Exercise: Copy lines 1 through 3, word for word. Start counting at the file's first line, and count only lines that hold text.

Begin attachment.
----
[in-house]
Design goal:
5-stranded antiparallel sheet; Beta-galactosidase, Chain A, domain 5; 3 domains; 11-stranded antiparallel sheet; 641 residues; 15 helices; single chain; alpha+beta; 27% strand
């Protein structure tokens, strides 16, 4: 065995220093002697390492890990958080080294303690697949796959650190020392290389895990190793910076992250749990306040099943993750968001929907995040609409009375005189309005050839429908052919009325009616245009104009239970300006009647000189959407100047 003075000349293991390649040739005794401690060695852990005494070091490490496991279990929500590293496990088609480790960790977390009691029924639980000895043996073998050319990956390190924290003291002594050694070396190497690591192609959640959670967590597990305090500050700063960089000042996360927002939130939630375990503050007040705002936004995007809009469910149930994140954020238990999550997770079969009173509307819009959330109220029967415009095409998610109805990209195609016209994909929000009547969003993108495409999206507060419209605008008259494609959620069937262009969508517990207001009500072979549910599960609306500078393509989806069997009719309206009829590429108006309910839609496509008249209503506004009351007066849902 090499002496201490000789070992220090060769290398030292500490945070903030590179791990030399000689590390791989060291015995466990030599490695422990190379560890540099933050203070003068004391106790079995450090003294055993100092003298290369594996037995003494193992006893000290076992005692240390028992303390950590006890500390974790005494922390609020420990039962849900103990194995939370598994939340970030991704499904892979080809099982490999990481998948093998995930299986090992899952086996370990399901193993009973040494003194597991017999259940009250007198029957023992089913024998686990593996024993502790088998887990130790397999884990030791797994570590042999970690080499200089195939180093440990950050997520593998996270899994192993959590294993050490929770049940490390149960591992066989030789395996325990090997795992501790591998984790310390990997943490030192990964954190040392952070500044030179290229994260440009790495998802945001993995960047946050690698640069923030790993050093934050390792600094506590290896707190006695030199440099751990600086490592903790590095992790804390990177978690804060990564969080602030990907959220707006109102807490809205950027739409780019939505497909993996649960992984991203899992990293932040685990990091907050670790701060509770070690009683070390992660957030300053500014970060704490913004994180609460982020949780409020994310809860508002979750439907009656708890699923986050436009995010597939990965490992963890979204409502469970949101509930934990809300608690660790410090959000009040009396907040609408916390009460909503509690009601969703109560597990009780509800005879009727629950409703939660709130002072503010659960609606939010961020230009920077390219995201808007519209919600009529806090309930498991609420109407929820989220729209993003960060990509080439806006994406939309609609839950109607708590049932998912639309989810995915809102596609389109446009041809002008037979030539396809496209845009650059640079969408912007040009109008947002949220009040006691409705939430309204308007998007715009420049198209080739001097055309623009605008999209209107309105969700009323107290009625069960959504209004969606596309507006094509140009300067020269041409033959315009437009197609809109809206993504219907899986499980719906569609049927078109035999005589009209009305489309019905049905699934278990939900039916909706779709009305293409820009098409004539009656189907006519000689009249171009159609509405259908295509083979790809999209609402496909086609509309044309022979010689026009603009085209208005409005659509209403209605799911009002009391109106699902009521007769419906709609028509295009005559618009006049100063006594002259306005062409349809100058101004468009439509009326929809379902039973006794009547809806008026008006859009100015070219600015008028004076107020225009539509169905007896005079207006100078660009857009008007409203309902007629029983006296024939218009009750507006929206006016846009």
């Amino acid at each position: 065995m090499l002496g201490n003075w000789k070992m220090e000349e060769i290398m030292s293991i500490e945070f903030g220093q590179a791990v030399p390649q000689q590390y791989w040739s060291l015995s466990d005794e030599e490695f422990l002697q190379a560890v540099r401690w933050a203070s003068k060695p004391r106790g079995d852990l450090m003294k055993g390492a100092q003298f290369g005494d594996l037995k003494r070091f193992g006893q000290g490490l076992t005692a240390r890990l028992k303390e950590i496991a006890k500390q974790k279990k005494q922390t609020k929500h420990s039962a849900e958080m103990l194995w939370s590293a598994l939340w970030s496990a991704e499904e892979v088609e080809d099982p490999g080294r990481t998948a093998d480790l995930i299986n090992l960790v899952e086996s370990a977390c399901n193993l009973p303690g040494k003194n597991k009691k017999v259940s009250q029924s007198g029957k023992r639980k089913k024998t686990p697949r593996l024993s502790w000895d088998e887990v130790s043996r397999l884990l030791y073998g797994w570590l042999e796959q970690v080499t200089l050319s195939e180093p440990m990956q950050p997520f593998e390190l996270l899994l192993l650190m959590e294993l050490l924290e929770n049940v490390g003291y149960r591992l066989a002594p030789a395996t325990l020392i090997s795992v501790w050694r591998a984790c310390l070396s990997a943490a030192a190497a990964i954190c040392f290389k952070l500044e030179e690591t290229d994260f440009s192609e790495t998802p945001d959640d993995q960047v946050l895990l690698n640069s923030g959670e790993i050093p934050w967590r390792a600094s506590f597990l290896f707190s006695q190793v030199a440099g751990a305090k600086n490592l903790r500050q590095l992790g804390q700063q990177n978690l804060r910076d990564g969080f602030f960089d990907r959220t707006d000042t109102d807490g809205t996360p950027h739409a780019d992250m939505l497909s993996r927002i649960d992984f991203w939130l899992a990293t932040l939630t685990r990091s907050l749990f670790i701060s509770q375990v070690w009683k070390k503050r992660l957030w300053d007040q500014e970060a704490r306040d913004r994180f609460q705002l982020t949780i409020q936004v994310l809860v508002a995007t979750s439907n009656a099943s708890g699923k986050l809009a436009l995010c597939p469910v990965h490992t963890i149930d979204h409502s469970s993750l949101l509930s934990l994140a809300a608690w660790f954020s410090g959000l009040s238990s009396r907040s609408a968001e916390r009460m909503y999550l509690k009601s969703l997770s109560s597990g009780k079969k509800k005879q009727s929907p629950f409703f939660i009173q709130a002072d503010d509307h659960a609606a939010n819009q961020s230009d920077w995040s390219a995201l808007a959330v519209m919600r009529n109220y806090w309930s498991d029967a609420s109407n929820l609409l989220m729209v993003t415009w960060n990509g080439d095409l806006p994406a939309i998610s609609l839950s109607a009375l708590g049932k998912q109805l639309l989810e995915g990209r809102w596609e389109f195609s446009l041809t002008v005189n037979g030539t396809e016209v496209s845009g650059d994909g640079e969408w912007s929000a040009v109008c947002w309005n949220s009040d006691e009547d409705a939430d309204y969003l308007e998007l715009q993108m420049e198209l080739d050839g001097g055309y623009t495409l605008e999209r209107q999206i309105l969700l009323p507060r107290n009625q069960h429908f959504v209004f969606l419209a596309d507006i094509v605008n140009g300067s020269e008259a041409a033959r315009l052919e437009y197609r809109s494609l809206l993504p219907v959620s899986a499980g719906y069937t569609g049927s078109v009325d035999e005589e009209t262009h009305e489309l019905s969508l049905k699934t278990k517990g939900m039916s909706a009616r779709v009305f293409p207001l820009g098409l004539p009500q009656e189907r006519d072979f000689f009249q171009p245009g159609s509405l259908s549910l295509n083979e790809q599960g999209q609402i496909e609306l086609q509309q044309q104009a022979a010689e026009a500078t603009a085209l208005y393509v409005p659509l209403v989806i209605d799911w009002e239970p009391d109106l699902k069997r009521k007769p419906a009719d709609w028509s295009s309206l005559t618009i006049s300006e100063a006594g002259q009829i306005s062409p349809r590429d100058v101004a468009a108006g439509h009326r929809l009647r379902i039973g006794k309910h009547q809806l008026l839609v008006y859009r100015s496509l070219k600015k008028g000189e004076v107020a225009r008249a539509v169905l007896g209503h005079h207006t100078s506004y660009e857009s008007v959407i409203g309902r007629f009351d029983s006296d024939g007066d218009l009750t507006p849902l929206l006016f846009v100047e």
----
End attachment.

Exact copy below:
[in-house]
Design goal:
5-stranded antiparallel sheet; Beta-galactosidase, Chain A, domain 5; 3 domains; 11-stranded antiparallel sheet; 641 residues; 15 helices; single chain; alpha+beta; 27% strand